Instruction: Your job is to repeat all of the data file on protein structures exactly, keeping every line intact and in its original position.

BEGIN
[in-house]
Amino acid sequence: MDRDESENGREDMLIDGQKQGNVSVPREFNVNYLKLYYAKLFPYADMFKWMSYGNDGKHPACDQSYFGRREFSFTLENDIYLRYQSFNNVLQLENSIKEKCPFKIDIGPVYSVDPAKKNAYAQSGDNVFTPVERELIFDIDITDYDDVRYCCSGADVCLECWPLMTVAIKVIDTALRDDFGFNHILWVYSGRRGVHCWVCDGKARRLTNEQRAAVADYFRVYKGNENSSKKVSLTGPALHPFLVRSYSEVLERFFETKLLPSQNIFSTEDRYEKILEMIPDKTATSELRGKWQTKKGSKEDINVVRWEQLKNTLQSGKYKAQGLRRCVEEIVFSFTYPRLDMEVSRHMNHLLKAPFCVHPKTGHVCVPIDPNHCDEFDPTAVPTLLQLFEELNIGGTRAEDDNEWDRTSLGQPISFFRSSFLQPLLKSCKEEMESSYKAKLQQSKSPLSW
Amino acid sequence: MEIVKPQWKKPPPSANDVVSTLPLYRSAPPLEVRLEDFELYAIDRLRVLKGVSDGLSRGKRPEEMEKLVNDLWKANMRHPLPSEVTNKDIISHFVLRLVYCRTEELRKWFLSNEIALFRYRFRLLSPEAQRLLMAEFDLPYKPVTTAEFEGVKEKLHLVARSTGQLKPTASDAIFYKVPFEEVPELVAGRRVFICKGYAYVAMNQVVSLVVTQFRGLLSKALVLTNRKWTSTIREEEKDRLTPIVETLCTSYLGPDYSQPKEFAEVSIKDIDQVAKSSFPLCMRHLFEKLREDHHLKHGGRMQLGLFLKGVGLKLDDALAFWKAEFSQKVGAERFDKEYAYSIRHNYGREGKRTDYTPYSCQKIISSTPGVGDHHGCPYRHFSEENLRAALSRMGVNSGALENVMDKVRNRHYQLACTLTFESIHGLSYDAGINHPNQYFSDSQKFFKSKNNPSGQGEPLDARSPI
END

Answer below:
[in-house]
Amino acid sequence: MDRDESENGREDMLIDGQKQGNVSVPREFNVNYLKLYYAKLFPYADMFKWMSYGNDGKHPACDQSYFGRREFSFTLENDIYLRYQSFNNVLQLENSIKEKCPFKIDIGPVYSVDPAKKNAYAQSGDNVFTPVERELIFDIDITDYDDVRYCCSGADVCLECWPLMTVAIKVIDTALRDDFGFNHILWVYSGRRGVHCWVCDGKARRLTNEQRAAVADYFRVYKGNENSSKKVSLTGPALHPFLVRSYSEVLERFFETKLLPSQNIFSTEDRYEKILEMIPDKTATSELRGKWQTKKGSKEDINVVRWEQLKNTLQSGKYKAQGLRRCVEEIVFSFTYPRLDMEVSRHMNHLLKAPFCVHPKTGHVCVPIDPNHCDEFDPTAVPTLLQLFEELNIGGTRAEDDNEWDRTSLGQPISFFRSSFLQPLLKSCKEEMESSYKAKLQQSKSPLSW
Amino acid sequence: MEIVKPQWKKPPPSANDVVSTLPLYRSAPPLEVRLEDFELYAIDRLRVLKGVSDGLSRGKRPEEMEKLVNDLWKANMRHPLPSEVTNKDIISHFVLRLVYCRTEELRKWFLSNEIALFRYRFRLLSPEAQRLLMAEFDLPYKPVTTAEFEGVKEKLHLVARSTGQLKPTASDAIFYKVPFEEVPELVAGRRVFICKGYAYVAMNQVVSLVVTQFRGLLSKALVLTNRKWTSTIREEEKDRLTPIVETLCTSYLGPDYSQPKEFAEVSIKDIDQVAKSSFPLCMRHLFEKLREDHHLKHGGRMQLGLFLKGVGLKLDDALAFWKAEFSQKVGAERFDKEYAYSIRHNYGREGKRTDYTPYSCQKIISSTPGVGDHHGCPYRHFSEENLRAALSRMGVNSGALENVMDKVRNRHYQLACTLTFESIHGLSYDAGINHPNQYFSDSQKFFKSKNNPSGQGEPLDARSPI